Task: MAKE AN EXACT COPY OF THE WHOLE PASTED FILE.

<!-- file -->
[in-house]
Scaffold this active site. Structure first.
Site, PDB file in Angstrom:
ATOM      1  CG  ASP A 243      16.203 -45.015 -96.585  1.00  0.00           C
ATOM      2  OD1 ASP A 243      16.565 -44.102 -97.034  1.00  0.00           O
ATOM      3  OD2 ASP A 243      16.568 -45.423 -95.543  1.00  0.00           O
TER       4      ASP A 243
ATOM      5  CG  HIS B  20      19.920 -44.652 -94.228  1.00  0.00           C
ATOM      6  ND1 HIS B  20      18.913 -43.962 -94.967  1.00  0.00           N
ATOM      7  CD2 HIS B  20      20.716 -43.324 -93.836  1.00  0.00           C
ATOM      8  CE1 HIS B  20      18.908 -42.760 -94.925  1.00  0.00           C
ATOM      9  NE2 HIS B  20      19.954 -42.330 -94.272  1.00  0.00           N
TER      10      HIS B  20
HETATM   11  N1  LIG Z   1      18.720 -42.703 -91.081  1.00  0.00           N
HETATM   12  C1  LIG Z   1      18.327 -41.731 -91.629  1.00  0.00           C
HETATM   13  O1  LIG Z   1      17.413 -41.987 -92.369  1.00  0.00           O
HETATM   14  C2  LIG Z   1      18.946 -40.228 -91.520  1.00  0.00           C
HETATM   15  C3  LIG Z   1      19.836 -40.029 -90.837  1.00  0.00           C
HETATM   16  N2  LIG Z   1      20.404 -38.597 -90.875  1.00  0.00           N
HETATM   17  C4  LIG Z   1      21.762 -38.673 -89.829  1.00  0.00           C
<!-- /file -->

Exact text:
[in-house]
Scaffold this active site. Structure first.
Site, PDB file in Angstrom:
ATOM      1  CG  ASP A 243      16.203 -45.015 -96.585  1.00  0.00           C
ATOM      2  OD1 ASP A 243      16.565 -44.102 -97.034  1.00  0.00           O
ATOM      3  OD2 ASP A 243      16.568 -45.423 -95.543  1.00  0.00           O
TER       4      ASP A 243
ATOM      5  CG  HIS B  20      19.920 -44.652 -94.228  1.00  0.00           C
ATOM      6  ND1 HIS B  20      18.913 -43.962 -94.967  1.00  0.00           N
ATOM      7  CD2 HIS B  20      20.716 -43.324 -93.836  1.00  0.00           C
ATOM      8  CE1 HIS B  20      18.908 -42.760 -94.925  1.00  0.00           C
ATOM      9  NE2 HIS B  20      19.954 -42.330 -94.272  1.00  0.00           N
TER      10      HIS B  20
HETATM   11  N1  LIG Z   1      18.720 -42.703 -91.081  1.00  0.00           N
HETATM   12  C1  LIG Z   1      18.327 -41.731 -91.629  1.00  0.00           C
HETATM   13  O1  LIG Z   1      17.413 -41.987 -92.369  1.00  0.00           O
HETATM   14  C2  LIG Z   1      18.946 -40.228 -91.520  1.00  0.00           C
HETATM   15  C3  LIG Z   1      19.836 -40.029 -90.837  1.00  0.00           C
HETATM   16  N2  LIG Z   1      20.404 -38.597 -90.875  1.00  0.00           N
HETATM   17  C4  LIG Z   1      21.762 -38.673 -89.829  1.00  0.00           C